Parsons School for Design, but failed draping, ironically now one of her signatures. Then she dropped out of design school altogether. But the sense of stumbling upwards in Karan's narrative can't obscure a simple fact: for nearly 40 years, she has known precisely what New York women want to wear – and so she has dressed the world.
The city has been part of Karan's brand fabric since the beginning, when she saw a shoebox labeled 'Maud Frizon: London, Paris' and thought, “Ooh, what about Donna Karan New York?” she recalls. “To me, New York meant the world. If you start anything in New York and they accept, it catches like wildfire. And the beauty of US style is that it has become world style.”
Karan's story, at heart, is one of the American Dream. Born in Queens, raised on Long Island, she got her first retail job at 14 and joined sportswear designer Anne Klein's brand at 20. When Karan was 24 and pregnant, Klein fell ill with cancer – Karan's plans to be
a stay-at-home mom were put on hold. “Anne passed away, I had a baby and we had a collection due. That's a lot for anybody,” says Karan, who believes in destiny, yoga and the abiding perfection of a black jumpsuit. “You just had to do what you had to do.”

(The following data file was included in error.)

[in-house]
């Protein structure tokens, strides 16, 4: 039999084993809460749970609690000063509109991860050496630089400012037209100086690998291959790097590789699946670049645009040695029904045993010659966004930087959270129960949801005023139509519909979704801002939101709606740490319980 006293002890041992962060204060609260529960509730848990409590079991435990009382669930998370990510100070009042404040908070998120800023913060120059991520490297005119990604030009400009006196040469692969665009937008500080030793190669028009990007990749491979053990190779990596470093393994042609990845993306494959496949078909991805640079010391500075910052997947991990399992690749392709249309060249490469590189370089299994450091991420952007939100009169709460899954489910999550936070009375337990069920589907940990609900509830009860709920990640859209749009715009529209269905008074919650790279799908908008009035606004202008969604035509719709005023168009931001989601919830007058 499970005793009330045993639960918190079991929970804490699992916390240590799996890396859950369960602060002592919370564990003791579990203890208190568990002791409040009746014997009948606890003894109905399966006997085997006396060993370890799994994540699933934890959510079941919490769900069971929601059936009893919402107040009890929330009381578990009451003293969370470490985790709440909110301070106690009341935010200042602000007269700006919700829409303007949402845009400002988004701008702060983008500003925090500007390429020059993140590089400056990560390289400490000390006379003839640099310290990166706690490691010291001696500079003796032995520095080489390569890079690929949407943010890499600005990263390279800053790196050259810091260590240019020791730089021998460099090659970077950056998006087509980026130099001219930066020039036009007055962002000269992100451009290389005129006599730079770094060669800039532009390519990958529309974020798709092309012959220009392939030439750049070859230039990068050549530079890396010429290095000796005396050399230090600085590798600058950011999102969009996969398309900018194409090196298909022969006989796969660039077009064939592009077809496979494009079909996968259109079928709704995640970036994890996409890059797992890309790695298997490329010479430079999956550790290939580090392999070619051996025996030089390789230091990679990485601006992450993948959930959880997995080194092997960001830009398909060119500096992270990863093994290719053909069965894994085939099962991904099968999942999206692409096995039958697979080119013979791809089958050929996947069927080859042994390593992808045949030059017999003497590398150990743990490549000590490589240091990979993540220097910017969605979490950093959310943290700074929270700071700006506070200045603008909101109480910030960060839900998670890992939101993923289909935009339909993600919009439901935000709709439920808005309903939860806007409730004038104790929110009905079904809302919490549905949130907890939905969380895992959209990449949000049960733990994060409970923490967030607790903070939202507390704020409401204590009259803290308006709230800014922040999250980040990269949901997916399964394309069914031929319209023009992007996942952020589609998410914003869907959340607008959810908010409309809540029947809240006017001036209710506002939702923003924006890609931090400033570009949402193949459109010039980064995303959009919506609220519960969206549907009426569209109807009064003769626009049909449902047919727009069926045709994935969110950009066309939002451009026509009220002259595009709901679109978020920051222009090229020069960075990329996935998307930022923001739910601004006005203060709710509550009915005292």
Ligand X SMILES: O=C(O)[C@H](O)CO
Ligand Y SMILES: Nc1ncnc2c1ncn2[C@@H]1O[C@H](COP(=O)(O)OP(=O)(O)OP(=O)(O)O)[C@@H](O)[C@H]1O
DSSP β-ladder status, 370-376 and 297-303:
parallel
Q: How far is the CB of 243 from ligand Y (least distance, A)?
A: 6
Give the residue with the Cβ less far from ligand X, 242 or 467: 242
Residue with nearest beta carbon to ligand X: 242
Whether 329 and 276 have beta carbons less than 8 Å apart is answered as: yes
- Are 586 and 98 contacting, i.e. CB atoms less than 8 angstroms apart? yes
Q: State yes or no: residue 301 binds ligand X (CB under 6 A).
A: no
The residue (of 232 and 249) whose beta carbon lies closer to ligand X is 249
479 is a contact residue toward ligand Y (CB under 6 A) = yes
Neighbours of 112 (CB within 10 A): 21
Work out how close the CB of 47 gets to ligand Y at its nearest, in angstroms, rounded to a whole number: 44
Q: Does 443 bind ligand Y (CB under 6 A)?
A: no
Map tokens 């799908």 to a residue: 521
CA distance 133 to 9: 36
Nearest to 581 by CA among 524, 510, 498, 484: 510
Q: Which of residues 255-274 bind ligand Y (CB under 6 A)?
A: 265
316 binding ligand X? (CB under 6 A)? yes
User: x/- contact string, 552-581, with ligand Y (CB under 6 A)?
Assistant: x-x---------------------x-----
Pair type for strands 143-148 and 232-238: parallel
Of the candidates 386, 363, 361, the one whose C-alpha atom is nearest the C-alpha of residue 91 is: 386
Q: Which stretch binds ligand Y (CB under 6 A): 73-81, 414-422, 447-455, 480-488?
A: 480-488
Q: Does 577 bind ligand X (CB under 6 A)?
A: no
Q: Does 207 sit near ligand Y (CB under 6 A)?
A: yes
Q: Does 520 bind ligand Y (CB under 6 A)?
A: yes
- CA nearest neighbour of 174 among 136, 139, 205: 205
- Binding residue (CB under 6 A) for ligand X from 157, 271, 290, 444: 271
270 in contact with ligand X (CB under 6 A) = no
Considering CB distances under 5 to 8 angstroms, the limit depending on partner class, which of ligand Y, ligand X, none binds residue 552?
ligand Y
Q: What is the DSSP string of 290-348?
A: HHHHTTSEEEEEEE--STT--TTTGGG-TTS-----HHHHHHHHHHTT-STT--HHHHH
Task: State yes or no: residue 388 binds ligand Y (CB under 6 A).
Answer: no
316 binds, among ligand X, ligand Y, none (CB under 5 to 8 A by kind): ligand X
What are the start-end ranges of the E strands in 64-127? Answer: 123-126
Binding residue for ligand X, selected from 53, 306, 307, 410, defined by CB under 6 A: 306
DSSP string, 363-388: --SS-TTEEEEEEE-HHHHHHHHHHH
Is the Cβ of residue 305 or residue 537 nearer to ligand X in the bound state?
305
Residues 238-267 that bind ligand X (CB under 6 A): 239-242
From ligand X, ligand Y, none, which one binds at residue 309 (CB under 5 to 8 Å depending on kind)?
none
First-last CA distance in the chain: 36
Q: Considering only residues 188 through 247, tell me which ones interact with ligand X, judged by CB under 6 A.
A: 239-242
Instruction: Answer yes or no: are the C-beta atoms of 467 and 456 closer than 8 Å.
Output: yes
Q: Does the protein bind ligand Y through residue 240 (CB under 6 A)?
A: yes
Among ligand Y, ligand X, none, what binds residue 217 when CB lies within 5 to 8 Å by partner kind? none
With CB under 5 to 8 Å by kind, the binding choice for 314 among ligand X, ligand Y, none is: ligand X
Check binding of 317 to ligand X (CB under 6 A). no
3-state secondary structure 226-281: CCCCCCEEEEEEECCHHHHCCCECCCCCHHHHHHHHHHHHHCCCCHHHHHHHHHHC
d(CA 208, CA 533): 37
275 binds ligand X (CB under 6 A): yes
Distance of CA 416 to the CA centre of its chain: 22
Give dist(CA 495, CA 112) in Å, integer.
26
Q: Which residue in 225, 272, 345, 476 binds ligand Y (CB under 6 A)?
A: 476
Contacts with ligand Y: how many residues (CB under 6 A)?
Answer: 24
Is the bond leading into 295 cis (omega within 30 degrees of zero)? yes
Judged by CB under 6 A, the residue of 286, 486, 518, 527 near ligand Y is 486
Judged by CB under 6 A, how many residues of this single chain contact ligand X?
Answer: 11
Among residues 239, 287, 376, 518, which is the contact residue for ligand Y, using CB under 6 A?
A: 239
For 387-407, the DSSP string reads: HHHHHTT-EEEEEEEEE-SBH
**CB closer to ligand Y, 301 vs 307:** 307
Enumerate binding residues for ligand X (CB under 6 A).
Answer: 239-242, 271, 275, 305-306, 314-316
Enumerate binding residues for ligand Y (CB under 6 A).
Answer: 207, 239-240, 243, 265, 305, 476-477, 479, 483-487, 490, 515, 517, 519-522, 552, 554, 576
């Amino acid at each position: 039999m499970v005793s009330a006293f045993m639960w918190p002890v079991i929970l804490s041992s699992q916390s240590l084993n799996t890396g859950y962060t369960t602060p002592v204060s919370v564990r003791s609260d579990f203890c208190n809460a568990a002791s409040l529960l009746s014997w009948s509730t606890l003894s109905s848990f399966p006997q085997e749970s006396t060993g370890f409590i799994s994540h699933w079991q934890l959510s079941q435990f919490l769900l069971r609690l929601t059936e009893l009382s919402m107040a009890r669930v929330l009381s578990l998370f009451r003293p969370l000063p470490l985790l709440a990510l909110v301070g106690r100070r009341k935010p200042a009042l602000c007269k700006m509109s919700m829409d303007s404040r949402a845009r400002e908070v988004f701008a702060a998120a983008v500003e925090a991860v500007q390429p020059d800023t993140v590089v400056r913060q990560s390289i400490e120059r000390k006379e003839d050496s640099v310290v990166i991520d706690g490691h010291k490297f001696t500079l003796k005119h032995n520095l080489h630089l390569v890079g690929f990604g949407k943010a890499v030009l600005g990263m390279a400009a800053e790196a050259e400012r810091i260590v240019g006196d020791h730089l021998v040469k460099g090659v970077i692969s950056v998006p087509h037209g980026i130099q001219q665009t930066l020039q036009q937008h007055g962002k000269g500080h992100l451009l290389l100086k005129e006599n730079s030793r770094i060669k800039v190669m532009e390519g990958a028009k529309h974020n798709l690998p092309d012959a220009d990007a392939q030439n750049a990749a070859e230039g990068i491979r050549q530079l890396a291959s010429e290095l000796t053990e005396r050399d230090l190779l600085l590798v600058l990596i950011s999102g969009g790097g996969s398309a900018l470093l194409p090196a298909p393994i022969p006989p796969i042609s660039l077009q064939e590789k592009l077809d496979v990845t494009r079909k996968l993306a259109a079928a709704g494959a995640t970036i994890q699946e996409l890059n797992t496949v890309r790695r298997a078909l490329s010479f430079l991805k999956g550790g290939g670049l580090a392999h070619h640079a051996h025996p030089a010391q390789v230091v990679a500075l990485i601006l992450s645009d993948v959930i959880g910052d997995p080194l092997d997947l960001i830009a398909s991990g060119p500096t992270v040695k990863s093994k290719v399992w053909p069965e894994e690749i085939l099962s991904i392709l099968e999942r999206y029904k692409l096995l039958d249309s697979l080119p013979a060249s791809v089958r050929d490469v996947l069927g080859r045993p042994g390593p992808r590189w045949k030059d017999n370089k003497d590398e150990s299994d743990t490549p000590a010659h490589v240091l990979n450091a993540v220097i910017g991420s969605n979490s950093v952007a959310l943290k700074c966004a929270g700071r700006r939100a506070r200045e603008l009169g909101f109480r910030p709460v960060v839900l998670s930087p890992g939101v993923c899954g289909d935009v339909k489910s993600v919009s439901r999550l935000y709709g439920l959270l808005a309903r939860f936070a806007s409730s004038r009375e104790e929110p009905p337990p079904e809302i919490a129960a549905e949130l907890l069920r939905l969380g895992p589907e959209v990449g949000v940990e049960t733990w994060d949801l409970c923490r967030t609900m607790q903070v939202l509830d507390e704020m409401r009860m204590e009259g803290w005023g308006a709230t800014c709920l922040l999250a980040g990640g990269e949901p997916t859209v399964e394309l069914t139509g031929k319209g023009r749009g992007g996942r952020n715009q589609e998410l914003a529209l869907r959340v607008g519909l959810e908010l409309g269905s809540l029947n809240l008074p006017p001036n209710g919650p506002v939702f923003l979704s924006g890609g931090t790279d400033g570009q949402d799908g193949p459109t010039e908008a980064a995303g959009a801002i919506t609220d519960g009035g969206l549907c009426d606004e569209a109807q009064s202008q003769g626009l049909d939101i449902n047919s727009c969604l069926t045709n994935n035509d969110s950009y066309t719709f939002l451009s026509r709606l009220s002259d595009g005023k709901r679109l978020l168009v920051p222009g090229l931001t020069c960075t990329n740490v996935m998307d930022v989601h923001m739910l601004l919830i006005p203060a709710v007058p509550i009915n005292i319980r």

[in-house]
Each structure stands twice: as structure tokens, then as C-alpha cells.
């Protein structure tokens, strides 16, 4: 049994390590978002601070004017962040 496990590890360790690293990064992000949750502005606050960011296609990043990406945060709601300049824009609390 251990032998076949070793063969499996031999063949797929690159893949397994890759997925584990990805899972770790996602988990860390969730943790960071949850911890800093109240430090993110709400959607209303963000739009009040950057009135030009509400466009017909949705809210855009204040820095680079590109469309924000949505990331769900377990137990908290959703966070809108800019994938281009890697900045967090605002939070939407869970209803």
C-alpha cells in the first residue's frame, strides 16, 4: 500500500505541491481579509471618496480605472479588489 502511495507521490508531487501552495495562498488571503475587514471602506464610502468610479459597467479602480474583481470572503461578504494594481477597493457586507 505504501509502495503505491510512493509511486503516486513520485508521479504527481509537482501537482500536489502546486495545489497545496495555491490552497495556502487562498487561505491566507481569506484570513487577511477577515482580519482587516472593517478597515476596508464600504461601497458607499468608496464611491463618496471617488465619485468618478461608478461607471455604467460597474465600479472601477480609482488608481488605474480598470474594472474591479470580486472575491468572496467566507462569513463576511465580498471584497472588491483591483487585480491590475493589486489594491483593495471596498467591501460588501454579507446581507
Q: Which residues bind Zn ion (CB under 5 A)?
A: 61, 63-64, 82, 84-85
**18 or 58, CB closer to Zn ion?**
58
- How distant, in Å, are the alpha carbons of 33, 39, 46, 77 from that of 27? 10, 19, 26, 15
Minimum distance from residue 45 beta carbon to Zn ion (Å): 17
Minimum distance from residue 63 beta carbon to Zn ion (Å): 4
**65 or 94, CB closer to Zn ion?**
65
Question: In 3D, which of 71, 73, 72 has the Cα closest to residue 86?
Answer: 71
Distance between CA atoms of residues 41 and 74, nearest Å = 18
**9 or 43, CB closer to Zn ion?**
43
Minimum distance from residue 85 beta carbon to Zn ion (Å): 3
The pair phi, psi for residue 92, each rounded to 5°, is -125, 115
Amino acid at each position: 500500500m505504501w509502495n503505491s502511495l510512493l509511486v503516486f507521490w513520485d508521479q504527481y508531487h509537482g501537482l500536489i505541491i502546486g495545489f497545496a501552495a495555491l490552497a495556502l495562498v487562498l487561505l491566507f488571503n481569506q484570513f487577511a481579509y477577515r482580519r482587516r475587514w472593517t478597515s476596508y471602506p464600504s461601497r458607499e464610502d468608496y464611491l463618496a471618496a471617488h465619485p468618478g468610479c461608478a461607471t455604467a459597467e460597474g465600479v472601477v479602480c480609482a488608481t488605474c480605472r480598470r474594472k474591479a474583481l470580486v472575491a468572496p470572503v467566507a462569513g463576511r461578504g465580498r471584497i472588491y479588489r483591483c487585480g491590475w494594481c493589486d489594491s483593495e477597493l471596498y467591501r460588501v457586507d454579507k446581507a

After ten years producing collections for the Anne Klein marque, Karan found that she was “constantly looking for a small wardrobe for me and my friends. Black leggings, a wrap-and-tie skirt – simple stuff.” That concept, Donna Karan's Seven Easy Pieces, created the origins of her capsule collection and grew into the first line under her name. "They were clothes that I really wanted. Then I found out that everyone else wanted them, too."
“To me, New York meant the WORLD. If you start anything in NEW YORK and they accept it, it catches like WILDFIRE”
All by Donna Karan